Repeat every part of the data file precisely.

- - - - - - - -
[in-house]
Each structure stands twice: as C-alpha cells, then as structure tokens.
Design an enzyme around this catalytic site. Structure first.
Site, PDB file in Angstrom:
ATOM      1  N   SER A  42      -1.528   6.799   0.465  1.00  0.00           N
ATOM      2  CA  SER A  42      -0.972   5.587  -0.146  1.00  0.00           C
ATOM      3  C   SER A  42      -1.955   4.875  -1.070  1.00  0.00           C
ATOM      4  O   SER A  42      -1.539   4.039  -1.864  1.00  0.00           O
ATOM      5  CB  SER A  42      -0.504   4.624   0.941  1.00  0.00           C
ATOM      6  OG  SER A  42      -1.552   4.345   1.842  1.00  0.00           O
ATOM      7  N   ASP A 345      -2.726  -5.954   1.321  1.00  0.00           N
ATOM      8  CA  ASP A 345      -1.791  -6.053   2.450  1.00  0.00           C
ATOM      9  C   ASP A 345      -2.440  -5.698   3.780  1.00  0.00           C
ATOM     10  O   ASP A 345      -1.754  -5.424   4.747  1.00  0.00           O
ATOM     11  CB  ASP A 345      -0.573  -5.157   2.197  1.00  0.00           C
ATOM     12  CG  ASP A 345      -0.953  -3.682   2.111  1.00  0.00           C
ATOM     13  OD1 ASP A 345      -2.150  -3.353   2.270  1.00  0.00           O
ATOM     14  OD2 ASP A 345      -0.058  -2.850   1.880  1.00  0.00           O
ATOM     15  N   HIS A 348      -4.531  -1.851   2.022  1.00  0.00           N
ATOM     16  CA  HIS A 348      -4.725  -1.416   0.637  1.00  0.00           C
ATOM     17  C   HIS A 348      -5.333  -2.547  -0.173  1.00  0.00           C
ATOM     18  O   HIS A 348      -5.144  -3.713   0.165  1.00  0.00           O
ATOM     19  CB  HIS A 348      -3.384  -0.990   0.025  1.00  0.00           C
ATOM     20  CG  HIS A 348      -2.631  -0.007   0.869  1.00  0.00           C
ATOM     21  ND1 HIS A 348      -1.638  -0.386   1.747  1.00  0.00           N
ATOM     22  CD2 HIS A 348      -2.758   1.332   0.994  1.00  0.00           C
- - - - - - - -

[in-house]
Each structure stands twice: as C-alpha cells, then as structure tokens.
Design an enzyme around this catalytic site. Structure first.
Site, PDB file in Angstrom:
ATOM      1  N   SER A  42      -1.528   6.799   0.465  1.00  0.00           N
ATOM      2  CA  SER A  42      -0.972   5.587  -0.146  1.00  0.00           C
ATOM      3  C   SER A  42      -1.955   4.875  -1.070  1.00  0.00           C
ATOM      4  O   SER A  42      -1.539   4.039  -1.864  1.00  0.00           O
ATOM      5  CB  SER A  42      -0.504   4.624   0.941  1.00  0.00           C
ATOM      6  OG  SER A  42      -1.552   4.345   1.842  1.00  0.00           O
ATOM      7  N   ASP A 345      -2.726  -5.954   1.321  1.00  0.00           N
ATOM      8  CA  ASP A 345      -1.791  -6.053   2.450  1.00  0.00           C
ATOM      9  C   ASP A 345      -2.440  -5.698   3.780  1.00  0.00           C
ATOM     10  O   ASP A 345      -1.754  -5.424   4.747  1.00  0.00           O
ATOM     11  CB  ASP A 345      -0.573  -5.157   2.197  1.00  0.00           C
ATOM     12  CG  ASP A 345      -0.953  -3.682   2.111  1.00  0.00           C
ATOM     13  OD1 ASP A 345      -2.150  -3.353   2.270  1.00  0.00           O
ATOM     14  OD2 ASP A 345      -0.058  -2.850   1.880  1.00  0.00           O
ATOM     15  N   HIS A 348      -4.531  -1.851   2.022  1.00  0.00           N
ATOM     16  CA  HIS A 348      -4.725  -1.416   0.637  1.00  0.00           C
ATOM     17  C   HIS A 348      -5.333  -2.547  -0.173  1.00  0.00           C
ATOM     18  O   HIS A 348      -5.144  -3.713   0.165  1.00  0.00           O
ATOM     19  CB  HIS A 348      -3.384  -0.990   0.025  1.00  0.00           C
ATOM     20  CG  HIS A 348      -2.631  -0.007   0.869  1.00  0.00           C
ATOM     21  ND1 HIS A 348      -1.638  -0.386   1.747  1.00  0.00           N
ATOM     22  CD2 HIS A 348      -2.758   1.332   0.994  1.00  0.00           C